seanmonstar

Apr 1 2014

Please Replace Credit Cards

Technology has greatly improved things this past decade. It’s peculiar that messaging nonsense has seen so much work, but something that quite literally costs people money continues to be so flawed. I’m talking about credit cards. It’s worth pointing out that I’m not a security researcher, just a concerned citizen.1

The flaw is a fundamental part of the design: for every charge, we must give the entire card number to the seller. That card number is everything. It gives all the information and power to charge as much money as the recipient wants. Holy carps. The sellers don’t charge as much as they want, because that would be illegal, and they’d lose their merchant account. Still, employees could keep the number and sell it. Or, more likely, as sellers keep a record of the number, hackers can steal them, and get all the moneys. Until you notice, report fraud, and the banks just swallow it.

One supposed fix is the Swipe-and-PIN enhancement. This helps prevent copying of a card at a Point-of-Sale terminal. However, advances in magic (the Internet) have greatly increased the amount of online shopping. Want a new spiked collar for Fluffles? Just open your browser, and type in your credit card number. Nothing to worry about, I’m sure they won’t record it. Oh what’s that? An email from Exotic Collars that their database was hacked, and they actually did have your credit card. Time to call the bank, and fix up all your auto-billing subscriptions.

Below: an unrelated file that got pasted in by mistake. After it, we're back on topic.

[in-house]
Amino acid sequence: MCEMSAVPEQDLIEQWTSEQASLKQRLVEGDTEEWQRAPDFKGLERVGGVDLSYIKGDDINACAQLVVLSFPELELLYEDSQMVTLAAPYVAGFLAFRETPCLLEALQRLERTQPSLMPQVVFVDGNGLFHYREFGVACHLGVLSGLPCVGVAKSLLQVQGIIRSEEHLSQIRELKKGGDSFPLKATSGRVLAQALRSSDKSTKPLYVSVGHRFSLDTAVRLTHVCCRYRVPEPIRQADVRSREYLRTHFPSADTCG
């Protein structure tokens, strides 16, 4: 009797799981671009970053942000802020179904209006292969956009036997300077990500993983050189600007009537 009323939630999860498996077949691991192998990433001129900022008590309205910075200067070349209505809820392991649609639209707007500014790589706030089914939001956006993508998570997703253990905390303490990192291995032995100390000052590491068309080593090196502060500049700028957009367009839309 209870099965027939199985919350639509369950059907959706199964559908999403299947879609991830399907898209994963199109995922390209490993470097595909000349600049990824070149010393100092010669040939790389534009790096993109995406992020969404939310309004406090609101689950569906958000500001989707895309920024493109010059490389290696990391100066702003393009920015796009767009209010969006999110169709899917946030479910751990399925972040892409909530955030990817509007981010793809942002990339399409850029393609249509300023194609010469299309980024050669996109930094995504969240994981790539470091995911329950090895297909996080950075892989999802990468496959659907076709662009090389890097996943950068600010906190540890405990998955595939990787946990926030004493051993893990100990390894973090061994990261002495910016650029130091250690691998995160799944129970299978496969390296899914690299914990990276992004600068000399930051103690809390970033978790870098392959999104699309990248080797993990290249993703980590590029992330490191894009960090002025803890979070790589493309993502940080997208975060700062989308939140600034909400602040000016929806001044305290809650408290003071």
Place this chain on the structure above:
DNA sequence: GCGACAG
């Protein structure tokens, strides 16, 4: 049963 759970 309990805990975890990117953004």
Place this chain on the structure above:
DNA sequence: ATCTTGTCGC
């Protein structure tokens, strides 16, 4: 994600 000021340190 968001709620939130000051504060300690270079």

You get a token, and you get a token…

We can try to create rules around how to store credit cards, but just like passwords, it’s really hard to do correctly. Also, just as with passwords, merchants should never receive such powerful information in the first place. A solution could be providing the merchant a one time use token authorized for a specific amount for a specific merchant. The merchant charges the token, and it then becomes useless. It’s impossible to charge for more than agreed upon. Stealing the token is useless, because it only works for that merchant, it expires, and a credit account will only accept any token once.

If the source card or key which is used to generate tokens is compromised, a user can contact their credit provider, and generate a new private key. No merchants are affected, since they never had your key to begin with.

Recurring charges would be trickier. It’d require more cooperation among banks, standardizing some sort of unique account ID. Tokens could include the account ID, and merchants could safely hold onto that. When they need to make a new charge, they could request a new token for a certain amount. The user can approve the charge which sends a new token, or perhaps mark that a certain amount from a specific merchant every so often is auto-approved. I’m sure plenty of things could be done here to make the user experience easy. And there’s incentives for as easy as possible: Easier means users will spend more.

Credit accounts could provide apps to their users to make sending and approving tokens easy from our phones. Additionally, the app could also optionally prompt for approval when a merchant charges a token, to ensure there was no mistake or the token wasn’t somehow hijacked2.

Stand back, I don’t know crypto

I’m certain smarter people than myself could make a really secure design, but I’ll entertain you by stumbling around with mine. The implementation could look something like Persona. The tokens passed around could be JWTs. It could follow something like these steps: